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shameless pleading

Tepid

More popcorn?

Dear Word Detective: I just read your article about “lukewarm” and you gave “tepid” as one of the synonyms (or actually the Oxford English Dictionary did). I’ve used that word since I first heard it from The Naked Chef, where Jamie Oliver was making bread and said that one needs a pint of tepid water. I find it a very nice word, but don’t know where it came from. — Topi Linkala.

Wow, cooking shows. I’ve never watched one. But I’ve always wondered how that works. Is the idea that you take notes during the show? Or are you supposed to record it and then play it back in your kitchen while you follow along? Maybe if I were into cooking in the first place I’d be able to retain what the host says and does, but watching people chop things makes me nervous. In fact, cooking in general makes me nervous. I usually cook by hitting “Start” on the microwave and running out of the room.

“Tepid” is a nice word, isn’t it? It’s not threatening like “icy” or “piping,” let alone scary like “scalding” or “boiling” or “sizzling.” Maybe it’s because I have poor eye-hand coordination, but I prefer to stick to food that can’t actually, y’know, hurt me. And I’d prefer that my obituary not include the words “bizarre fajita accident.” So to me “tepid,” meaning “moderately warm,” is, as Goldilocks found, “just right.”

The Oxford English Dictionary (OED) does indeed employ “tepid” in its definition of “lukewarm,” and, logically, lists “lukewarm” as a direct synonym in its definition of “tepid.” The two words are, in fact, nearly identical in meaning, with the only shade of difference in usage being that “tepid” is more often applied to liquids than to solids (“Let the Water stand in the Sun till it grow tepid,” 1691).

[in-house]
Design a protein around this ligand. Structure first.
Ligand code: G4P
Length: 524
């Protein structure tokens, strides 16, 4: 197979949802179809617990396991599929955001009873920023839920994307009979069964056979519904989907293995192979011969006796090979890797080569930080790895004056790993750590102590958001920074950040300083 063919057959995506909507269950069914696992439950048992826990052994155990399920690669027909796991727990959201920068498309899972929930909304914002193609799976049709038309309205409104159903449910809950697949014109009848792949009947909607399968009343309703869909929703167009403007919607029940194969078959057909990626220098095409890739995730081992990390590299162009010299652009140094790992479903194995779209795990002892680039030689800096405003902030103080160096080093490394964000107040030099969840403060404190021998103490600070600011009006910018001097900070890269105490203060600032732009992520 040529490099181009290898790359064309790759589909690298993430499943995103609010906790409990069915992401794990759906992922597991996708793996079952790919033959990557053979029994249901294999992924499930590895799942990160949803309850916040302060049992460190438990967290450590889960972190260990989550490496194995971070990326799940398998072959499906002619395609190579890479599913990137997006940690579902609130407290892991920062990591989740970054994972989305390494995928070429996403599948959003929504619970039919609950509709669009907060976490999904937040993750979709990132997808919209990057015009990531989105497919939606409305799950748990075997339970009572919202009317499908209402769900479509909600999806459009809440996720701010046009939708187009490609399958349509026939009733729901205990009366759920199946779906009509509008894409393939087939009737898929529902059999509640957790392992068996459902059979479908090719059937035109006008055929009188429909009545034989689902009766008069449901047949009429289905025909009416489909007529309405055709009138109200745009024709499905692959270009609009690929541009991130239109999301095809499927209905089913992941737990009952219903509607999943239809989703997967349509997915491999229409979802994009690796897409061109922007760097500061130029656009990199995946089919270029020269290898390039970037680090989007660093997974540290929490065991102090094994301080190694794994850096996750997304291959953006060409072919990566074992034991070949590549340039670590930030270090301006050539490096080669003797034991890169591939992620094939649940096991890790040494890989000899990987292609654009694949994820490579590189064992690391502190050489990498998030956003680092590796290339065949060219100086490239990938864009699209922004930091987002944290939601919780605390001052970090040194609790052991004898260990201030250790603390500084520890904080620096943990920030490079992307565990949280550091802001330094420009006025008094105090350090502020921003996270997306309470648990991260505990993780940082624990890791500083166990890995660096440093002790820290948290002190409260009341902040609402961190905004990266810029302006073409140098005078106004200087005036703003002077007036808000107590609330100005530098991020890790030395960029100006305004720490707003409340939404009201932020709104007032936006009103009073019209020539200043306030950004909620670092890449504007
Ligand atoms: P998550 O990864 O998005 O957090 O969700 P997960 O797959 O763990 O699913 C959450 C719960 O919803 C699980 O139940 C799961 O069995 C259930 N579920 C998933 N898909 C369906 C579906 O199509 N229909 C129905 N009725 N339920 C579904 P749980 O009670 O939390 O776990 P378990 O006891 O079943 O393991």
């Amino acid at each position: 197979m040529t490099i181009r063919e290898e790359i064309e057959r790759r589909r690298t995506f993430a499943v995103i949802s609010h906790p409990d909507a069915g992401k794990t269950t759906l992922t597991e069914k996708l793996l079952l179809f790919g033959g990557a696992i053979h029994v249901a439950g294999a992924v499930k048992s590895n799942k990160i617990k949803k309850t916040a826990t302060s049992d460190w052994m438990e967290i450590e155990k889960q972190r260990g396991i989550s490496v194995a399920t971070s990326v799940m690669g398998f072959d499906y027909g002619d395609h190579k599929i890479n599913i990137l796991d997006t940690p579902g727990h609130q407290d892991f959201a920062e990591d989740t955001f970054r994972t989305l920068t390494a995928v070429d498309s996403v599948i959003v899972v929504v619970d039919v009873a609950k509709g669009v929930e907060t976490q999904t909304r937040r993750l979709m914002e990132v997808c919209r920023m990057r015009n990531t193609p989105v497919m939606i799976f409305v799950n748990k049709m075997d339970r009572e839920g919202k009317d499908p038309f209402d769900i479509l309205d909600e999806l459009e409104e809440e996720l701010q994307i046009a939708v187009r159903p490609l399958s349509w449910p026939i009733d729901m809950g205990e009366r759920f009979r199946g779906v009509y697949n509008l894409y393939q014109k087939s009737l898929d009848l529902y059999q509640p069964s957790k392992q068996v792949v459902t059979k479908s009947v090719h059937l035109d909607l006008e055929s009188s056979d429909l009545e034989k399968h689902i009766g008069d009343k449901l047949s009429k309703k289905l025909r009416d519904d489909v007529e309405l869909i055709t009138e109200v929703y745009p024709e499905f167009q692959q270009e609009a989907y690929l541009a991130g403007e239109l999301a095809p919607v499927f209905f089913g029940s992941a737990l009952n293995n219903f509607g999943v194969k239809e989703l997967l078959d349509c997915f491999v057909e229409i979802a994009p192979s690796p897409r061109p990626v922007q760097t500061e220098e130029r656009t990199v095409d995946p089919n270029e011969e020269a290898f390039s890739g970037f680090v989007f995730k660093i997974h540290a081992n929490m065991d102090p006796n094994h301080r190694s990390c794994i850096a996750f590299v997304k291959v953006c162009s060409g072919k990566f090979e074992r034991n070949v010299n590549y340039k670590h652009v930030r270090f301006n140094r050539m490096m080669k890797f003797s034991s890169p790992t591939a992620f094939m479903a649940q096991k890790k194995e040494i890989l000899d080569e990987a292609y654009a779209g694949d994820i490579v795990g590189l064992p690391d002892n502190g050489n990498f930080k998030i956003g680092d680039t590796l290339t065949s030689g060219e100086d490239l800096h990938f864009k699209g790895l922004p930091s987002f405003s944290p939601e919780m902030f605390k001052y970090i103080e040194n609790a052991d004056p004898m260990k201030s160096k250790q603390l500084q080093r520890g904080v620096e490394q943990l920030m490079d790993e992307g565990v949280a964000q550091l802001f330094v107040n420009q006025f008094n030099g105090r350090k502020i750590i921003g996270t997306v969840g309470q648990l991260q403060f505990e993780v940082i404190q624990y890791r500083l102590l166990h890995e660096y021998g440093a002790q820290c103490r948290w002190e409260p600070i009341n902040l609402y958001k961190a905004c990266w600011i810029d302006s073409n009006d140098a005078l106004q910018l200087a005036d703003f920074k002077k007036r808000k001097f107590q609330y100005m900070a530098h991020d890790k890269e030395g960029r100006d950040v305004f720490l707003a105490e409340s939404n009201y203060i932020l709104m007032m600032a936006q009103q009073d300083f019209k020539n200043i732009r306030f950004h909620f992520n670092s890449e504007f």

As I explained in that column last year, “lukewarm” represents a combination of “warm” with the somewhat older English adjective “luke” (or “lew”), which itself meant “warm” (meaning that “lukewarm” etymologically amounts to a redundant “warm-warm”). “Luke” came from the Old English word “hleowe,” which meant, amazingly, “warm,” and which in turn seemed to be rooted in an Indo-European root word that meant “weakly warm.” Yes, folks, it’s “warm” all the way down.

I wish that “tepid” had a more interesting history than “lukewarm,” but it is, if anything, even more boring. “Tepid” comes directly from the Latin “tepidus,” meaning (I can’t stand it) “lukewarm,” which was a form of the Latin verb “tepere,” meaning “to cover in purple polka dots.” Sorry. It really just meant “to be warm.” Wake me when this is over.

“Tepid” first appeared in English in the early 15th century in its literal sense of “slightly warm,” not long after “lukewarm” appeared in the late 14th century meaning the same darn thing. Both words, however, became infinitely more useful shortly after their appearance when they both developed figurative uses. Unfortunately, the figurative senses of the two words are, quelle surprise, largely identical. By 1522, “lukewarm” was being applied to people who were thought to have few strong feelings, passions or interests. To be “lukewarm” on a subject was to be indifferent or apathetic about it (“Some, that called him the lukewarme Doctour, and likened him to milke from the Cowe,” 1593). Similarly, by 1513, “tepid” was used as a label for people who seemed to lack any real interest or conviction in much of anything (“Some tepid little man, vain and sensitive — the kind of man who broods,” Agatha Christie, 1941).

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